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Study: Toddlers with cochlear implants experience slower language processing in a word recognition task

February 22, 2010

Tina Grieco-Calub

Tina Grieco-Calub

Toddlers fitted with cochlear implants take more time, on average, to process spoken words in their vocabulary than their normal-hearing peers, according to a study led by a professor from NIU.

Tina Grieco-Calub, who was a post-doctoral student at the University of Wisconsin-Madison during the time of the 2006-2008 study, said that those time delays – on the order of milliseconds – could impact how children with cochlear implants learn new words.

And, Grieco-Calub said, if these children are taking longer to process the words that they know, they might miss opportunities to learn new words and expand their vocabularies.

Published in the December 2009 issue of the Journal of Speech, Language and Hearing Research, the research funded by a National Institutes of Health grant gives clinicians and parents the understanding that children with cochlear implants need more time to process auditory information.

Cochlear implants are intended only for children who have severe to profound hearing loss or who are deaf.

“There are a number of published studies involving school-age children with cochlear implants that look at their language outcomes – standardized measures of spoken language performance, expressive or receptive – but they don’t tell us how these children are processing auditory information on a real-time basis,” Grieco-Calub said.

“This gives us insight into how children process language, particularly when their vocabularies are starting to emerge – right in the middle of the language explosion,” she added. “Even though their language appears to be developing, many children do not appear to be processing information as efficiently as children with normal hearing.”

Grieco-Calub and her co-researchers, Jenny Saffran and Ruth Litovsky, used video cameras and special software to digitally record eye movements and determine the length of reaction time from spoken cue to visual response.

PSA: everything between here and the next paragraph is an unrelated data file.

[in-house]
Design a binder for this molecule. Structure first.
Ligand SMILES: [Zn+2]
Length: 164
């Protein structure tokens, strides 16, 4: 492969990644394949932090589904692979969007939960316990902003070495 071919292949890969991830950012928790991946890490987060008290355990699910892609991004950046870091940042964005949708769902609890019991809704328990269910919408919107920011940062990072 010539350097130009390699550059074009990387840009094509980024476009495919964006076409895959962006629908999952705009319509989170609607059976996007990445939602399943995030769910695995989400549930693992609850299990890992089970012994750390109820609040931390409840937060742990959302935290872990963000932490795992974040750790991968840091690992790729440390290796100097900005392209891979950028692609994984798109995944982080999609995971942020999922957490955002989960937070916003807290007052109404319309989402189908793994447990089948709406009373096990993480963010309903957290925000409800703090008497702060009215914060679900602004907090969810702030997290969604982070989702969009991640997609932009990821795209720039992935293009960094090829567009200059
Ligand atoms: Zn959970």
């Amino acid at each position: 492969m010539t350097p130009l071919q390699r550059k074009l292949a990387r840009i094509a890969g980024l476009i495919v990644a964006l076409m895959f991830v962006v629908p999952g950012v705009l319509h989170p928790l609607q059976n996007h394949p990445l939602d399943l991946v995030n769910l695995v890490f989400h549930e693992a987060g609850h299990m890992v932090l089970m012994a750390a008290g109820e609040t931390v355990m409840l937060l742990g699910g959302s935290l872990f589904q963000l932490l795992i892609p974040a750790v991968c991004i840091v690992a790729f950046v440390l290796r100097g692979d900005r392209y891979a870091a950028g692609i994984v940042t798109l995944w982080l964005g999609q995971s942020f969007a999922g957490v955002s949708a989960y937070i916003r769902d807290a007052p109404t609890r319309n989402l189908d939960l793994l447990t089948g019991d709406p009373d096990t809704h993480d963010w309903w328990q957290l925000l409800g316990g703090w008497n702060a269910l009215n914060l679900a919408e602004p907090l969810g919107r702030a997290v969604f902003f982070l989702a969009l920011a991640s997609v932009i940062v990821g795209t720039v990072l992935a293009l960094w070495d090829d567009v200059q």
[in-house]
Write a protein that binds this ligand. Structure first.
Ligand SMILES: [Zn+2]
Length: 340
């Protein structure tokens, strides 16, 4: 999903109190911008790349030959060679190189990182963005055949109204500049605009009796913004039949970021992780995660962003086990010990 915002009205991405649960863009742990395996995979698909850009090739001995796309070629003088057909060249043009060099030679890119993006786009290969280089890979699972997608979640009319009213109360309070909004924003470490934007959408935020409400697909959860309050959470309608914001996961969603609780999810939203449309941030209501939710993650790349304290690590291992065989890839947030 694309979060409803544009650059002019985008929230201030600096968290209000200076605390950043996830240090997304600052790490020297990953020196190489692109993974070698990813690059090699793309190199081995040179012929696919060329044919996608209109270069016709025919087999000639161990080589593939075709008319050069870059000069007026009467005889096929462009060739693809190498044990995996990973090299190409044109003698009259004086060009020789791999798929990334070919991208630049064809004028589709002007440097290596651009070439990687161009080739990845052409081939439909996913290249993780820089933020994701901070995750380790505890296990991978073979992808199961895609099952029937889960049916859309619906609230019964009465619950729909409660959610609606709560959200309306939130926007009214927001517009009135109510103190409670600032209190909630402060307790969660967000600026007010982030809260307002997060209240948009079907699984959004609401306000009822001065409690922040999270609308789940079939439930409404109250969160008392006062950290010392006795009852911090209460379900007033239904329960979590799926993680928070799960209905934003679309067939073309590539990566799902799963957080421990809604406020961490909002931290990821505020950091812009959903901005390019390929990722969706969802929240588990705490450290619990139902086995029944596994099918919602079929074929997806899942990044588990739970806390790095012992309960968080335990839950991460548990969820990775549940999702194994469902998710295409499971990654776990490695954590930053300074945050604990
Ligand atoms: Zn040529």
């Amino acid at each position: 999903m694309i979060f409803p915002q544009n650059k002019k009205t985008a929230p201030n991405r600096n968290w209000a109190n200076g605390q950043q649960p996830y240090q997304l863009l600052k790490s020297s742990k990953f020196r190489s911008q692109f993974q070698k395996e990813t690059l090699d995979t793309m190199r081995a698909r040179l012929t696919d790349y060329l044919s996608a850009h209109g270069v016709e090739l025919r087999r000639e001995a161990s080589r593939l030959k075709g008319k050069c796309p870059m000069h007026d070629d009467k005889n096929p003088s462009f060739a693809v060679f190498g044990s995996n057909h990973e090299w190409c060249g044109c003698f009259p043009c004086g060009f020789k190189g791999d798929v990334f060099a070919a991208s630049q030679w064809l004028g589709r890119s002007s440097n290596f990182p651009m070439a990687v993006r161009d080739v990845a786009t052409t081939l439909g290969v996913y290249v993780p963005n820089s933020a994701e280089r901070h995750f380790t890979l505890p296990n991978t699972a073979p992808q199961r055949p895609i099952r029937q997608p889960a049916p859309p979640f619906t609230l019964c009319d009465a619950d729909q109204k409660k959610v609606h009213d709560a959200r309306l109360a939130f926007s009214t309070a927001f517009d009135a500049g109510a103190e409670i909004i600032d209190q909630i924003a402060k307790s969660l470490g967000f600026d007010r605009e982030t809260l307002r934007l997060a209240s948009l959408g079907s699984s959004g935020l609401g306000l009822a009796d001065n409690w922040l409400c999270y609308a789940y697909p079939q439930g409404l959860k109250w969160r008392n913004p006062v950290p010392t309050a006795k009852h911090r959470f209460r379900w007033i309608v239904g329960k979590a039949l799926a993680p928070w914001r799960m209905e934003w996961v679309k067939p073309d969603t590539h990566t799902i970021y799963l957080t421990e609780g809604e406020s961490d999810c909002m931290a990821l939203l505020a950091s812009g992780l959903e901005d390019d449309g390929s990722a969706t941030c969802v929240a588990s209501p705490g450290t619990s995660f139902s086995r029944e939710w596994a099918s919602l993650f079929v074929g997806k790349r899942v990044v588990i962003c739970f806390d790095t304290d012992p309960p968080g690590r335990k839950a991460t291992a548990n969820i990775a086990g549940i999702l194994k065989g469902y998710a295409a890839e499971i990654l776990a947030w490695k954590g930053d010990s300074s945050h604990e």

Forty-six 2-year-old children participated, 26 of whom have cochlear implants.

Four objects – baby, ball, doggy and shoe – were chosen for the study. “We verified with their parents that those words were in their vocabularies,” she said.

Children were seated in a double-walled, sound-attenuated booth. As the researchers played recordings of questions regarding the test words – “look at the,” “where is the” and “can you find” – children turned their eyes toward the corresponding objects.

The toddlers were seated in infant seats or on the laps of caregivers, who were listening to music via earphones to eliminate the possibility that they might bias the children’s behavior during the experiment.

“On average, children with cochlear implants took longer to look at the target objects after hearing the target label,” Grieco-Calub said. “Some did perform similarly to their normal-hearing peers but others performed much poorer.”

Researchers also discovered that adding acoustic competition – a background noise of two-talker babble – further slowed the reaction time of both groups of children. The researchers believe this could have implications for children who need to comprehend language when there is considerable background noise.

Consequently, Grieco-Calub said, parents and teachers should strive to minimize background noise and provide visual cues.

Grieco-Calub is a professor in the School of Allied Health and Communicative Disorders, housed in the NIU College of Health and Human Sciences.